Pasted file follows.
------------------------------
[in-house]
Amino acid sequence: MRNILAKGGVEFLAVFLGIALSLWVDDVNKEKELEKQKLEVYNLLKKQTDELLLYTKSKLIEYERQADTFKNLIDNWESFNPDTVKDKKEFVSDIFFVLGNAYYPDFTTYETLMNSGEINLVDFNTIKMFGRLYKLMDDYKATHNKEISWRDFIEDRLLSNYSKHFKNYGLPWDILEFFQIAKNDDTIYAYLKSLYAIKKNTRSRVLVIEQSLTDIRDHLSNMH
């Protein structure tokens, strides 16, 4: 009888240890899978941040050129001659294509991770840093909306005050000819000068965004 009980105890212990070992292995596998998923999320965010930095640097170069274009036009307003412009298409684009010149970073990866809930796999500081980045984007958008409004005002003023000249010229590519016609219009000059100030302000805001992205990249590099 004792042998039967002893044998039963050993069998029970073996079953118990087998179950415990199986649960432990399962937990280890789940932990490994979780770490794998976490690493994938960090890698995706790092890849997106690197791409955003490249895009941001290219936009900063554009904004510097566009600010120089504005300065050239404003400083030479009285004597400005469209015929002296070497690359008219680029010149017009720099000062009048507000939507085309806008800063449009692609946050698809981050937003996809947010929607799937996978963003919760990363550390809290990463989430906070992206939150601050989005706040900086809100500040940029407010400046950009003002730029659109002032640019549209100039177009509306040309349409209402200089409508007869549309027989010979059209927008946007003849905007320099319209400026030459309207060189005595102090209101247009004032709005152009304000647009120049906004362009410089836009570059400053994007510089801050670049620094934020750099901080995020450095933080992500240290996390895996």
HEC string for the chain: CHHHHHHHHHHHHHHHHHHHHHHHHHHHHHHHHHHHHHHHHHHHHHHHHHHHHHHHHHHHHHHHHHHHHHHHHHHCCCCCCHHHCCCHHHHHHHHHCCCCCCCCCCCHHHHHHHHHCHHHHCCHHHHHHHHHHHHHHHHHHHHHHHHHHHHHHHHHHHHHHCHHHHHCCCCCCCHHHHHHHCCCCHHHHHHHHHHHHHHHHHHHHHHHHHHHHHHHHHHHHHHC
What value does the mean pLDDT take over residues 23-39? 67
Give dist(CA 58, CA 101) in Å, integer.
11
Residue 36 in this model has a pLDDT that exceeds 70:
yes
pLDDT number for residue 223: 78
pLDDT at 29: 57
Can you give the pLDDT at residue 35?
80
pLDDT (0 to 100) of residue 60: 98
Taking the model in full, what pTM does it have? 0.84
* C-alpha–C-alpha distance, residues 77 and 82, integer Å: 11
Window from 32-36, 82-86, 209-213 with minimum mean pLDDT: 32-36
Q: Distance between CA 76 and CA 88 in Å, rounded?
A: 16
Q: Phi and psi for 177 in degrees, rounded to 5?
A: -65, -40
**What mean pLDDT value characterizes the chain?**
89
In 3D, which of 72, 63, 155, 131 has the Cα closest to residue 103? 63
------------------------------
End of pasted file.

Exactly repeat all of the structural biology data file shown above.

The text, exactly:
[in-house]
Amino acid sequence: MRNILAKGGVEFLAVFLGIALSLWVDDVNKEKELEKQKLEVYNLLKKQTDELLLYTKSKLIEYERQADTFKNLIDNWESFNPDTVKDKKEFVSDIFFVLGNAYYPDFTTYETLMNSGEINLVDFNTIKMFGRLYKLMDDYKATHNKEISWRDFIEDRLLSNYSKHFKNYGLPWDILEFFQIAKNDDTIYAYLKSLYAIKKNTRSRVLVIEQSLTDIRDHLSNMH
């Protein structure tokens, strides 16, 4: 009888240890899978941040050129001659294509991770840093909306005050000819000068965004 009980105890212990070992292995596998998923999320965010930095640097170069274009036009307003412009298409684009010149970073990866809930796999500081980045984007958008409004005002003023000249010229590519016609219009000059100030302000805001992205990249590099 004792042998039967002893044998039963050993069998029970073996079953118990087998179950415990199986649960432990399962937990280890789940932990490994979780770490794998976490690493994938960090890698995706790092890849997106690197791409955003490249895009941001290219936009900063554009904004510097566009600010120089504005300065050239404003400083030479009285004597400005469209015929002296070497690359008219680029010149017009720099000062009048507000939507085309806008800063449009692609946050698809981050937003996809947010929607799937996978963003919760990363550390809290990463989430906070992206939150601050989005706040900086809100500040940029407010400046950009003002730029659109002032640019549209100039177009509306040309349409209402200089409508007869549309027989010979059209927008946007003849905007320099319209400026030459309207060189005595102090209101247009004032709005152009304000647009120049906004362009410089836009570059400053994007510089801050670049620094934020750099901080995020450095933080992500240290996390895996």
HEC string for the chain: CHHHHHHHHHHHHHHHHHHHHHHHHHHHHHHHHHHHHHHHHHHHHHHHHHHHHHHHHHHHHHHHHHHHHHHHHHHCCCCCCHHHCCCHHHHHHHHHCCCCCCCCCCCHHHHHHHHHCHHHHCCHHHHHHHHHHHHHHHHHHHHHHHHHHHHHHHHHHHHHHCHHHHHCCCCCCCHHHHHHHCCCCHHHHHHHHHHHHHHHHHHHHHHHHHHHHHHHHHHHHHHC
What value does the mean pLDDT take over residues 23-39? 67
Give dist(CA 58, CA 101) in Å, integer.
11
Residue 36 in this model has a pLDDT that exceeds 70:
yes
pLDDT number for residue 223: 78
pLDDT at 29: 57
Can you give the pLDDT at residue 35?
80
pLDDT (0 to 100) of residue 60: 98
Taking the model in full, what pTM does it have? 0.84
* C-alpha–C-alpha distance, residues 77 and 82, integer Å: 11
Window from 32-36, 82-86, 209-213 with minimum mean pLDDT: 32-36
Q: Distance between CA 76 and CA 88 in Å, rounded?
A: 16
Q: Phi and psi for 177 in degrees, rounded to 5?
A: -65, -40
**What mean pLDDT value characterizes the chain?**
89
In 3D, which of 72, 63, 155, 131 has the Cα closest to residue 103? 63